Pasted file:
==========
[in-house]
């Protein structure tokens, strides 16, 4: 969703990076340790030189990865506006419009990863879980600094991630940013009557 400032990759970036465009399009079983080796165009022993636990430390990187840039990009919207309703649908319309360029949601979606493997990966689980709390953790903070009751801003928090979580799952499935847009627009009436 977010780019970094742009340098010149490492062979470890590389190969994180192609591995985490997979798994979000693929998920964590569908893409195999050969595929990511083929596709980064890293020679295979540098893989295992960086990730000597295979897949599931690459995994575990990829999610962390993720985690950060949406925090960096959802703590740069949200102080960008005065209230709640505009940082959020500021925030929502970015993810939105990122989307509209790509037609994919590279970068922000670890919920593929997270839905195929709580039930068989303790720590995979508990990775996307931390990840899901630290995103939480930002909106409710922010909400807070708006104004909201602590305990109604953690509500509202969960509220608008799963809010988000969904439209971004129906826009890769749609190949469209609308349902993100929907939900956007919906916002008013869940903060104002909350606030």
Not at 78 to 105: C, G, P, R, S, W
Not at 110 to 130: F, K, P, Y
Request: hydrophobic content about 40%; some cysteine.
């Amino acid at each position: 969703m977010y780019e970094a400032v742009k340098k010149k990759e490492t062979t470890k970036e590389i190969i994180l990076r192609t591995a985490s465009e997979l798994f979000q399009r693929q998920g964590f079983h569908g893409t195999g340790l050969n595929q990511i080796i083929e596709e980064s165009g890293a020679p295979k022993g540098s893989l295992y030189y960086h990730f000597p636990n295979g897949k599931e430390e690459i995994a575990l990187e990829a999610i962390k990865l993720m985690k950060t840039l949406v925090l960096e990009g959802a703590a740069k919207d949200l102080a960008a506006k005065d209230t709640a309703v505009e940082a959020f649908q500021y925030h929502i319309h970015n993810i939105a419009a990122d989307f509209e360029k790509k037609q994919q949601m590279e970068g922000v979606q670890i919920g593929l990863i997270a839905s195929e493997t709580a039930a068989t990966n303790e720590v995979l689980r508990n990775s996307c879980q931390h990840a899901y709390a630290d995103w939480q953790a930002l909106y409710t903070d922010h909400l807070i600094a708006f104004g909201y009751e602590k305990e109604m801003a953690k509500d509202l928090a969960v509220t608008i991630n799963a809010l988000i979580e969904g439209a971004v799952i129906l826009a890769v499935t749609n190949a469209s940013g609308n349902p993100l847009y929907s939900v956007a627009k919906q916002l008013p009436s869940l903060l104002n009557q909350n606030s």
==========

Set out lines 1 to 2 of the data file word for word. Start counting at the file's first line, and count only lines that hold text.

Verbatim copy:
[in-house]
């Protein structure tokens, strides 16, 4: 969703990076340790030189990865506006419009990863879980600094991630940013009557 400032990759970036465009399009079983080796165009022993636990430390990187840039990009919207309703649908319309360029949601979606493997990966689980709390953790903070009751801003928090979580799952499935847009627009009436 977010780019970094742009340098010149490492062979470890590389190969994180192609591995985490997979798994979000693929998920964590569908893409195999050969595929990511083929596709980064890293020679295979540098893989295992960086990730000597295979897949599931690459995994575990990829999610962390993720985690950060949406925090960096959802703590740069949200102080960008005065209230709640505009940082959020500021925030929502970015993810939105990122989307509209790509037609994919590279970068922000670890919920593929997270839905195929709580039930068989303790720590995979508990990775996307931390990840899901630290995103939480930002909106409710922010909400807070708006104004909201602590305990109604953690509500509202969960509220608008799963809010988000969904439209971004129906826009890769749609190949469209609308349902993100929907939900956007919906916002008013869940903060104002909350606030």